She watches the sun waiting for the minute she can light the candles. My orders are clear, “Mommy, you light the helper candle (the shammas) and I get to light the other one.”

“Of course,” I say, thinking back to my own childhood memories of Hanukkah.  I remember wondering if it was my turn to light the candles that night (since we alternated between the three of us). I loved the sound of the match striking, the smell of the sulfur sparking, the sizzle of the candles lighting. I loved deciding how to put the candles in, alternating colors some nights or using all one color the next.

I also remember debating the present issue. Should I open one present or all of them? Should I open the big one or the littlest one? (Often the best things came in the small packages as I soon learned). I know that presents became the focus often, but I don’t think it was just that for me.

To me the holiday was about light in darkness. It was my little bit of color in cold winters.  I had this tiny little ceremony that warmed up cold winter nights. The colors of the menorah were as bright to me as Christmas lights. It was what made being different, being Jewish, worth it.

I think that is why I still light them with my family. They represent something joyous to me. I’m not super religious. I’m not even sure what I believe. But I cannot let go of the tradition. I want so much to leave Sarah with fond memories of candles lighting the house on a cold winter’s night.

I worry that all she sees is the presents.

As I type this, Sarah runs into the room, a smile on her face. She doesn’t say anything, just glints at me with a twinkle in her eye. She runs into the other room and says “The sun is down!” as if I am not sitting in front of a window watching the colors of day fade.

I ask Sarah, “Why are you so excited to light the candles?

“Because it’s fun.”

“Do you know why we light the candles?”

She answers, “I know part of the story. The oil lasted eight nights. I think we have a book.”

“Would you like to read the book?”

“Yes, after I finish my homework.”

Maybe I am creating a tradition that goes beyond the presents.  It’s time to light the candles.

In Search of Faith

 

Observing the shabbath closing havdalah ritual...

Image via Wikipedia

 

Questions without answers

burn in the flame

of the Havdalah candles.

Twisted wax of blue and white

drip to the end of the Sabbath

sung out with the strum of a guitar

but my questions remain.

What does it mean to be a Jew?

Racial history of a tribal people

etched into stone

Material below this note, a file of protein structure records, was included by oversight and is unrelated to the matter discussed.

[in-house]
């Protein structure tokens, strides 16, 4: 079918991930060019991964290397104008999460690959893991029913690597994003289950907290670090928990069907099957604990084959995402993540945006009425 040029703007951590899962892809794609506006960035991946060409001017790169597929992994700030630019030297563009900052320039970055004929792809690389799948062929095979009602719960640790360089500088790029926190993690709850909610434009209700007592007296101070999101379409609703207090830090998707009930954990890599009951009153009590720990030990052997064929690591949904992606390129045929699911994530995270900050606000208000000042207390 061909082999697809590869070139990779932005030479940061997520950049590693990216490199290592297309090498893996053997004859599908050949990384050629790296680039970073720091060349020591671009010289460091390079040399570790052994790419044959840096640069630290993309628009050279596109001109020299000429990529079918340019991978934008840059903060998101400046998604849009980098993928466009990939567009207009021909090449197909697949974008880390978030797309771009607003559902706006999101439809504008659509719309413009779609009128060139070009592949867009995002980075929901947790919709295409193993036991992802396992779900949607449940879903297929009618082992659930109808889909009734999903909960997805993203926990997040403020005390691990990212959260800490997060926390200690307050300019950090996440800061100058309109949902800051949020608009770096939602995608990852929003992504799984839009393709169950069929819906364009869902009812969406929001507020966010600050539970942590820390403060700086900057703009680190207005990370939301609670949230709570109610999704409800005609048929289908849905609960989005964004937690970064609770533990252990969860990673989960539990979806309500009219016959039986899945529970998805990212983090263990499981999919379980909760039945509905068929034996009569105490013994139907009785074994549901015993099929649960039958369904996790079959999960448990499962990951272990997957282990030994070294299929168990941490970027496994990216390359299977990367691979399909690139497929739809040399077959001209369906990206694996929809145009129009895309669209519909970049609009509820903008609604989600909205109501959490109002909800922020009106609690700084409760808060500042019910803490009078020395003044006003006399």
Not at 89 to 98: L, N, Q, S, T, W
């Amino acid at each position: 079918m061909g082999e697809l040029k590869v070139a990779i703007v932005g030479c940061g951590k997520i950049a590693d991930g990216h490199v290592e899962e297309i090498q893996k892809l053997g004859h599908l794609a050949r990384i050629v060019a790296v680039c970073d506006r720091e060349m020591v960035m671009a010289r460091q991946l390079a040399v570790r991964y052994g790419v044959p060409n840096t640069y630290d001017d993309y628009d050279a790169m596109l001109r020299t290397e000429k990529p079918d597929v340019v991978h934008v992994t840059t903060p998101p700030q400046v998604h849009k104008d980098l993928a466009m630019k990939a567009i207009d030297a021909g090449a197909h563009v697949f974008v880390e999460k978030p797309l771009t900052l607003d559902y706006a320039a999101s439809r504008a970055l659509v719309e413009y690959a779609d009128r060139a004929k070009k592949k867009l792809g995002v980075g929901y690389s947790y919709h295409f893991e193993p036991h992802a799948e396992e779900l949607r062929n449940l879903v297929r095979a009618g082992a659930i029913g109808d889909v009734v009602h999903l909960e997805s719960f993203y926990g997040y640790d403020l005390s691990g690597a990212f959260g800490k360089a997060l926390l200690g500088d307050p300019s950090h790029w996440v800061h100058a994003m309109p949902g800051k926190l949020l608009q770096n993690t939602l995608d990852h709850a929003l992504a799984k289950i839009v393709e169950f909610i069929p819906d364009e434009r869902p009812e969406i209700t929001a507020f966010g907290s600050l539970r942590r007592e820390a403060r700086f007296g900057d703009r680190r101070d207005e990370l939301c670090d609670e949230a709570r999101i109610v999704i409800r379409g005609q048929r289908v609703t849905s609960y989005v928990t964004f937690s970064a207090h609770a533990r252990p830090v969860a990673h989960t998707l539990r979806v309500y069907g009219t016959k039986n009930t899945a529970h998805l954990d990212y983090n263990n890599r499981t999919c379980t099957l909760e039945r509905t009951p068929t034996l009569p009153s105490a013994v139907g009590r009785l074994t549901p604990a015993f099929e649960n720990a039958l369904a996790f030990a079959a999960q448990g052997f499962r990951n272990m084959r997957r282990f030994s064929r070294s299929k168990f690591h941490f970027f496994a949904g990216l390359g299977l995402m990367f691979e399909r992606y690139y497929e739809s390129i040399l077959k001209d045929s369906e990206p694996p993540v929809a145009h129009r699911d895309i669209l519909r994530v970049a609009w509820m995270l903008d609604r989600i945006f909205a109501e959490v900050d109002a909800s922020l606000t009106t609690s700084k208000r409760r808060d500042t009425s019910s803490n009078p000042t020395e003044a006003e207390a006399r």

and into the flesh of an arm.

Pain of rejection

and loneliness

as you fast,

light candles,

eat special food off of pink glass plates

learn a language nobody speaks

celebrate holidays nobody knows.

Christmas carols come from other homes

but our menorah plays

Ma ozur Y’shu a ti

eight candles flickering flames

of pride

announce to all

“Jews live here.”

Always a symbol of difference

the yellow star

the pointed hat

the tallis.

But that was years ago.

My search continues.

A search that started on a cool spring night

running with friends to find

Elijah.

He never came.

We never found him.

I chanted to the memory of grandparents lost

on the bima of adulthood.

I became a woman

through the words of my haftorah

but they took on more meaning the following year

asked to repeat my performance

with no ceremony attached.

I sang with pride.

Where did my pride go?

Rejected by my community when we could not pay;

rejected by a Rabbi who could not see the value

of a star and a cross printed on the same t-shirt,

not on top of each other

but reflecting the value of

differing beliefs.

The circle of equality in difference.

Was I still a Jew?

Judaism rediscovered in the middle of Japan

a Passover celebration with Israelis

bonded by a ceremony

a language

a song.

Rejoicing over non-kosher food

and a smoke that brought us closer to heaven

floating from spirituality

and community.

Am I still part of that community?

Being a Jew is

contradiction

confliction

reality

confusion.

It is kinship and isolation.

It is daunting and authentic

It is who I am.

I am a Jew

but I am also a Buddhist.

I am a Hindu.

I am a Wicca.

I am all religions and I am no religion.

I am belief and disbelief.

I search for answers

in a world of prayer and ceremony

in spirituality that feels

beyond my grasp.

I want to dance in glory

a circle of holiness and faith,

celebrate love and essence,

rejoice in community.

I want to honor both earth and spirit.

I am Apache

I am rebel.

I am black.

I am white.

I am outsider.

I am Jew

I am lost.

I am found.